• It burns more “cleanly” than other fossil fuels. This means that while it still emits harmful gases, it emits less than oil and coal.
  • We’ve got the infrastructure in place to deliver natural gas all around the world.
  • It’s relatively easy to store underground.
  • It can’t be knocked out by a storm.
  • It’s inexpensive.
  • We have plenty of natural gas here in the U.S.
  • It’s energy-efficient.

And the cons:

  • It’s highly explosive, and natural gas accidents still happen.
  • It still emits greenhouse gases when burned which contribute to global warming.
  • It is toxic to breathe.
  • It’s not renewable, once you burn it, it’s gone.
  • It’s going to run out – potentially as soon as within the next 50 years.
  • Only some countries have access to it, so others must pay a premium to buy it.

Why is natural gas bad for the environment?

Natural gas is bad for the environment because it’s almost entirely methane, which is the biggest contributor to greenhouse gases. Greenhouse gases trap heat within our atmosphere, which is why the weather is getting warmer, even on the poles.

It’s also problematic because, as supplies become harder to find, extraction methods are becoming more difficult and disruptive. Fracking is extremely disruptive; it at best pollutes local soil and waterways, and at worst, causes earthquakes. When a natural gas deposit is found all the infrastructure must be built around it because it cannot be transported on land. That means the processing plant, storage, and pipelines must all be built over or under land nearby.

How many years of natural gas is left in the world?

The EIA believes the U.S. has enough natural gas to last 84 years, if the same rate of natural gas production is maintained2. World Meters estimates just 52 years3, so the real number is likely somewhere between the two.

We’ll need to start depending more on other sources to supply us with electricity long before it runs out. Fortunately, renewable energy sources such as wind energy, solar energy, and biomass energy are growing each year. The better the infrastructure for these energy sources, the less we’ll need to worry about natural gas running out.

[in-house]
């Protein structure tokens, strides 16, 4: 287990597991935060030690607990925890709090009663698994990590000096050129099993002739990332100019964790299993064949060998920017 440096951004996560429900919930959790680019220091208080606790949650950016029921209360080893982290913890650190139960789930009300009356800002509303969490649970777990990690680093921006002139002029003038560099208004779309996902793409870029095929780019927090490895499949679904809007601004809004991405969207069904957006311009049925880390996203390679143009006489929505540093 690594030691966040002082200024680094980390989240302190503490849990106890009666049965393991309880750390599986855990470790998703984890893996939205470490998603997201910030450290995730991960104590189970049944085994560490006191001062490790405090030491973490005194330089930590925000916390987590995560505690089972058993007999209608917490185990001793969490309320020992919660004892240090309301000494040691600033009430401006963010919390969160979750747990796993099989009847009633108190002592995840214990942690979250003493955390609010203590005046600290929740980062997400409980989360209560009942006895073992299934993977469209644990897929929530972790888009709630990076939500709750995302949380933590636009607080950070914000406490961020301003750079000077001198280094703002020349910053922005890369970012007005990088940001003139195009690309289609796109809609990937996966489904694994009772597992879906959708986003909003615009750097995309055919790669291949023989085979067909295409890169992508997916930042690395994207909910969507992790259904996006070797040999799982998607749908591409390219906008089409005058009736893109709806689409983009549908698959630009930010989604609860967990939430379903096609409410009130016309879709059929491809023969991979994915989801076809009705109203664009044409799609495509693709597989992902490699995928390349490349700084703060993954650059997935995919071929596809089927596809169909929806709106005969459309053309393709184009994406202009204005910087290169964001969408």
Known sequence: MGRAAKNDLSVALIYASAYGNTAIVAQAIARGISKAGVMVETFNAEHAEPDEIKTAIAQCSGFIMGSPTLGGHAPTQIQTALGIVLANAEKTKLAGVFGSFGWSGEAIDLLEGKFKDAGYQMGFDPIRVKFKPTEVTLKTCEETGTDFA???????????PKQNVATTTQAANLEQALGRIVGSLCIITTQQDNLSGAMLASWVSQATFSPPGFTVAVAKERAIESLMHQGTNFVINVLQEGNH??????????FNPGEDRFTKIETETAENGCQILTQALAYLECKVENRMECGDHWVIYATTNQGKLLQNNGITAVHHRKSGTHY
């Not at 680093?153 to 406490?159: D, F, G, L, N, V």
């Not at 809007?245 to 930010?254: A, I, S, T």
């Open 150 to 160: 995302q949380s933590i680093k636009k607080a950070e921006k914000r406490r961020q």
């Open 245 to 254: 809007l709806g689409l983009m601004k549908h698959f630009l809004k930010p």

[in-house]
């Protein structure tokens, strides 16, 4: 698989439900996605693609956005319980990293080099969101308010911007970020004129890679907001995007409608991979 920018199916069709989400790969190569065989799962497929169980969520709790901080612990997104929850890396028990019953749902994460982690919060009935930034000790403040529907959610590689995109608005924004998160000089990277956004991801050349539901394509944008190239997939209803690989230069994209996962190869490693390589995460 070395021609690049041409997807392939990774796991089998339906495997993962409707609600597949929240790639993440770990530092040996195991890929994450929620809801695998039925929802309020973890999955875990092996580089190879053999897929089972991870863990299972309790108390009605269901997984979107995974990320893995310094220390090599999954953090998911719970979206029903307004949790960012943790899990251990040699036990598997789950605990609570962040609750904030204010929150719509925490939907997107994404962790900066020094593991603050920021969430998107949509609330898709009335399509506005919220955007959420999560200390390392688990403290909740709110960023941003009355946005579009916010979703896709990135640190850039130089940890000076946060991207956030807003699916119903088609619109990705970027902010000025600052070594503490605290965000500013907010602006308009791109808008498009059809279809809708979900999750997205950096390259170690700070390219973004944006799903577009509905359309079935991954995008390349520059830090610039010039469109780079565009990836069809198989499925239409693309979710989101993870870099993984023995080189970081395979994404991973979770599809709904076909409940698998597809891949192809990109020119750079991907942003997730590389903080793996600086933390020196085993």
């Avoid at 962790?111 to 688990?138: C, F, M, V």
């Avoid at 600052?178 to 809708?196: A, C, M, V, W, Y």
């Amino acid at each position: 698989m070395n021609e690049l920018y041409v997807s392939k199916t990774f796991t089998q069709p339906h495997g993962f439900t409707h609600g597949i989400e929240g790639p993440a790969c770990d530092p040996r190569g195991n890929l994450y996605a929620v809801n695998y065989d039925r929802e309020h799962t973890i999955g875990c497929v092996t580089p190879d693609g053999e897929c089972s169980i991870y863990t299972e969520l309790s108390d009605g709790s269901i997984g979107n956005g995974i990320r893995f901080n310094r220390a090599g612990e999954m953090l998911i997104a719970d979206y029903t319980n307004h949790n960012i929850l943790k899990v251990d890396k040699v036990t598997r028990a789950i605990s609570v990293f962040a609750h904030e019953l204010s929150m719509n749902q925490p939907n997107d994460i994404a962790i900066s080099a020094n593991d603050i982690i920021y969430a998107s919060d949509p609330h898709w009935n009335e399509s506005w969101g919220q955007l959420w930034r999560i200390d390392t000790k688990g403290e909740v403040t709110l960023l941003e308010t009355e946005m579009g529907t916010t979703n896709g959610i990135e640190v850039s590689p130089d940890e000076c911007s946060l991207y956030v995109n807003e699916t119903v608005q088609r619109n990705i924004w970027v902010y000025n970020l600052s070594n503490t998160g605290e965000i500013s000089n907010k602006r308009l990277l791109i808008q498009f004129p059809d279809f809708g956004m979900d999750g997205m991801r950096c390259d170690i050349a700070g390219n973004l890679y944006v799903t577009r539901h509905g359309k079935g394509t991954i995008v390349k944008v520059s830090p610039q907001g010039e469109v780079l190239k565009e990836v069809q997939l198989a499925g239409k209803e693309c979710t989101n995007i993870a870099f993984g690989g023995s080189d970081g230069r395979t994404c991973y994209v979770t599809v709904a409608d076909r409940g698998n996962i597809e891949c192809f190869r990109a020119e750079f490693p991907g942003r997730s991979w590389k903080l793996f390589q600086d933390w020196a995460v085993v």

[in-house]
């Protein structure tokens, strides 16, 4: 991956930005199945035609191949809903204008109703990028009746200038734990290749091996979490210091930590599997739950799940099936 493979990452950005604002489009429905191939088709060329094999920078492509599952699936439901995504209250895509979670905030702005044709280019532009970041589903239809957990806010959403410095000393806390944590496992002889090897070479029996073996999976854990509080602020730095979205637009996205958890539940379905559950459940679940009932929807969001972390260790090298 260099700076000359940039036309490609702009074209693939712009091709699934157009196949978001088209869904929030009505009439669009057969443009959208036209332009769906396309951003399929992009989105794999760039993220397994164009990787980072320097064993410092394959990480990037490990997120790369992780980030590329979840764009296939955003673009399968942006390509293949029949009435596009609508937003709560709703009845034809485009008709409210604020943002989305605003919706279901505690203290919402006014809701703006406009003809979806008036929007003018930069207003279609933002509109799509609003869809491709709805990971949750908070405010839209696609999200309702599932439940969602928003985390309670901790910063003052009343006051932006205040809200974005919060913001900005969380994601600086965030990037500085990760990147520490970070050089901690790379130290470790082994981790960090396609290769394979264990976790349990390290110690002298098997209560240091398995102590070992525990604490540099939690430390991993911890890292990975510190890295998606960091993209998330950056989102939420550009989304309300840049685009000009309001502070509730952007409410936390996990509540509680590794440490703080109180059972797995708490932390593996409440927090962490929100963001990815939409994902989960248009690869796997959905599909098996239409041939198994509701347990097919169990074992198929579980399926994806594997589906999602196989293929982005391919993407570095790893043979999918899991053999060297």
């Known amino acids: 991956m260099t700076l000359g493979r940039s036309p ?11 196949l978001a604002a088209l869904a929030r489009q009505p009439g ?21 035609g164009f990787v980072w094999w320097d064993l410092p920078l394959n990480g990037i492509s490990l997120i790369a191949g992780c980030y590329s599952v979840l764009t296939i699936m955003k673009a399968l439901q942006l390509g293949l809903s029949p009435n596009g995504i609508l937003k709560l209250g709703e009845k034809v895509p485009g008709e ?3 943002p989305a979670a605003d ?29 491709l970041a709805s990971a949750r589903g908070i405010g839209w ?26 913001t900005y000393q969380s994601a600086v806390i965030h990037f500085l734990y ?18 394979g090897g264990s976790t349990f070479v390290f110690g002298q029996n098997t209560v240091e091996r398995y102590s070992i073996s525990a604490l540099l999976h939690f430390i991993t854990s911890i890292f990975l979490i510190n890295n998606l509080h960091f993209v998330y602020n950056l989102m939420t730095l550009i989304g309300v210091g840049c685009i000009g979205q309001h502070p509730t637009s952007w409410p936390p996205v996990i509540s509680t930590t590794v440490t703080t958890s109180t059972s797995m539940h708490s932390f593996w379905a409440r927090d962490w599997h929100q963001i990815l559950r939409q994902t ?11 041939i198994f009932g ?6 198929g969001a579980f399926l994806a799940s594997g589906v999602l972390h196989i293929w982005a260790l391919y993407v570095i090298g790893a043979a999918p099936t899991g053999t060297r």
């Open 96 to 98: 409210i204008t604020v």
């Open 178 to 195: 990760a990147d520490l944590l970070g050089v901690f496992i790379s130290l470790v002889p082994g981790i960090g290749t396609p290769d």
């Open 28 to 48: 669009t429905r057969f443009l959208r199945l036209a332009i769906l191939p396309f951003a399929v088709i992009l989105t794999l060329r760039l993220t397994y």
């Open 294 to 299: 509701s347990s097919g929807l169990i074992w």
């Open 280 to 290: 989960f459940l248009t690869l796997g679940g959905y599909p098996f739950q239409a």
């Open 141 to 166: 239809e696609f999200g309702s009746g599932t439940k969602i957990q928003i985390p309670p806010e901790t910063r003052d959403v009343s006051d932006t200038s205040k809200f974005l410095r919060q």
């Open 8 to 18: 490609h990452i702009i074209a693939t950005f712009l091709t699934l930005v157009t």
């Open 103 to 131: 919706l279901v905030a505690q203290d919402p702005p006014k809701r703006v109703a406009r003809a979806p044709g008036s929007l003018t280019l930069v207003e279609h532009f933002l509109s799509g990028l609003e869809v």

Natural gas is still a major part of our lives, and likely will be for a long time to come. While it is a cleaner fossil fuel than oil or coal, it is not a clean resource, nor is it renewable. If we want our future generations to have a steady supply of electricity and a healthy world to inhabit, we must build the infrastructure necessary to supply the world with clean, renewable energy, such as those supplied by solar and wind farms.

Sign up for a clean natural gas plan

If you want to do your part to protect the environment, we recommend finding ways to reduce your net carbon emissions, like signing up for a clean natural gas plan. Inspire's Clean Natural Gas plan offers peace of mind with a predictable price. Plus, there are no sign-up or cancellation fees and no installations or service interruptions when choosing Inspire as your natural gas supplier. We'll generate a customized price for your natural gas supply based on factors, including your home's energy consumption patterns.

Once you're a member, you'll rest easy knowing that carbon emissions from your home's natural gas consumption are being neutralized, and you're doing something positive for the planet.

When you switch to Inspire's Clean Natural Gas plan, your gas will continue to be delivered to you by your local utility company. Inspire will replace your current natural gas supplier, and once you start service, you will see “Inspire” listed as your natural gas supplier on your utility bill. We will begin to purchase offsets on your behalf to neutralize the carbon emissions associated with your home's natural gas consumption.

Currently, we offer our Clean Natural Gas plan for eligible residential and small business customers in Ohio, with more locations coming soon.

It's never been easier to reduce your net carbon emissions and make an impact on the planet. To learn more about offsetting your natural gas consumption, visit Inspire’s Clean Natural Gas plan page or contact Inspire’s friendly Member Experience team at (866) 403-2620.

And, as always, if you're looking for renewable energy options for your home's electricity supply needs, we also offer access to clean, renewable energy for one flat monthly price. Start now – the earth will thank you.

  1. eia.gov/energyexplained/natural-gas/use-of-natural-gas.php 

  2. eia.gov/tools/faqs/faq.php?id=58&t=8 

  3. worldometers.info/gas/